On Wednesday morning, Arizona volleyball head coach Dave Rubio met with the media to talk about another weekend of losses behind them, another difficult weekend ahead of them, and yet more injuries. He also wanted to discuss how he is no longer talking about what he hopes to happen this season.
Rubio told a story about going to on an outreach trip to Sierra Vista with former athletic director Greg Byrne, former football coach Rich Rodriguez, and basketball coach Sean Miller. The audience consisted of 500 members of the military. When Byrne told the group that he hoped the football season would be better, a general stood up and gave him some advice: “Mr. Byrne, hope is not a strategy.”
For the past several weeks, Rubio has talked about what he hoped to see when his team got healthy. After yet another injury this week—a second concussion suffered by junior outside hitter Elizabeth Shelton—he said he’s done hoping this season.
“I’m not saying hope anymore,” Rubio said. “All I’m saying is ‘it is what it is.’ We got people hurt and I have no idea when they’re coming back.”
“What it is” comes down to this: Arizona has two healthy middle blockers, they finally got Kamaile Hiapo back on the court against California but she is not fully healthy, Makenna Martin is still trying to get healthy enough to play her first match this season, Simone Overbeck—their top offensive recruit this year—has been out all season recovering from surgery, and they are facing their second straight match without Shelton, whittling them down to two outside hitters in a sport that requires three.
When Shelton went down in practice on Saturday, it took away one of the most consistently effective offensive weapons the Wildcats have this year. More concerning is the fact that Shelton missed the entire Pac-12 season last year after her first concussion. What a second head injury means for her future hangs in the air.
Without Shelton, things are so disjointed on the offense that Hiapo may be temporarily changing positions as the Wildcats head to play No. 10 Washington and No. 21 Washington State on the road this week. The 5-foot-7 libero may be lining up at outside hitter because Arizona needs someone who can play all six rotations at the position. She would give up about five inches to most players at the position.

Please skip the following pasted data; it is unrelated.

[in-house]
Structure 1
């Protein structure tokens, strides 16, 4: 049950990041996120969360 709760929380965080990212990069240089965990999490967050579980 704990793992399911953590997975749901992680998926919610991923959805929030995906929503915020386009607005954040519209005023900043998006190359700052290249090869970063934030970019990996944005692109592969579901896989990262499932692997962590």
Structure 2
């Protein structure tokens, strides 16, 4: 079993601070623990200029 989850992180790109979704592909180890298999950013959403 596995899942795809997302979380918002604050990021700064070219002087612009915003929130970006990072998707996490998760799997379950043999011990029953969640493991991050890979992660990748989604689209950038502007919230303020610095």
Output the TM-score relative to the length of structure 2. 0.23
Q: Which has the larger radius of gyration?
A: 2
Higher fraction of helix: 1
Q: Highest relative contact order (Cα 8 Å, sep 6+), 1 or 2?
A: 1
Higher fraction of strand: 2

“We’ll see if (Hiapo) can handle that,” Rubio said. “We don’t want to injure her by any means in a situation where we’re missing all the bigs. So we’ll see how that goes. That’ll be a game time situation. But like today’s practice, we weren’t preparing for Washington State. We’re preparing to try to figure out what the rotation is going to be and what the serve receive is going to be with the system we’re going to run. So, it’s just a little bit different than it normally would have been. Lots of good news on my end.”
As has been the case in most of their losses this season, Arizona struggled with errors in the Bay Area last weekend. Serve errors, attack errors, receive errors, you name it. That will probably continue to be an issue for the foreseeable future.
“We at times are our own worst enemy,” Rubio said. “And until we can get some semblance of the same personnel on the floor, I think we’re going to suffer through the inconsistencies of unforced errors. But again, it is what it is.”
No. 21 Washington State (15-3, 4-2)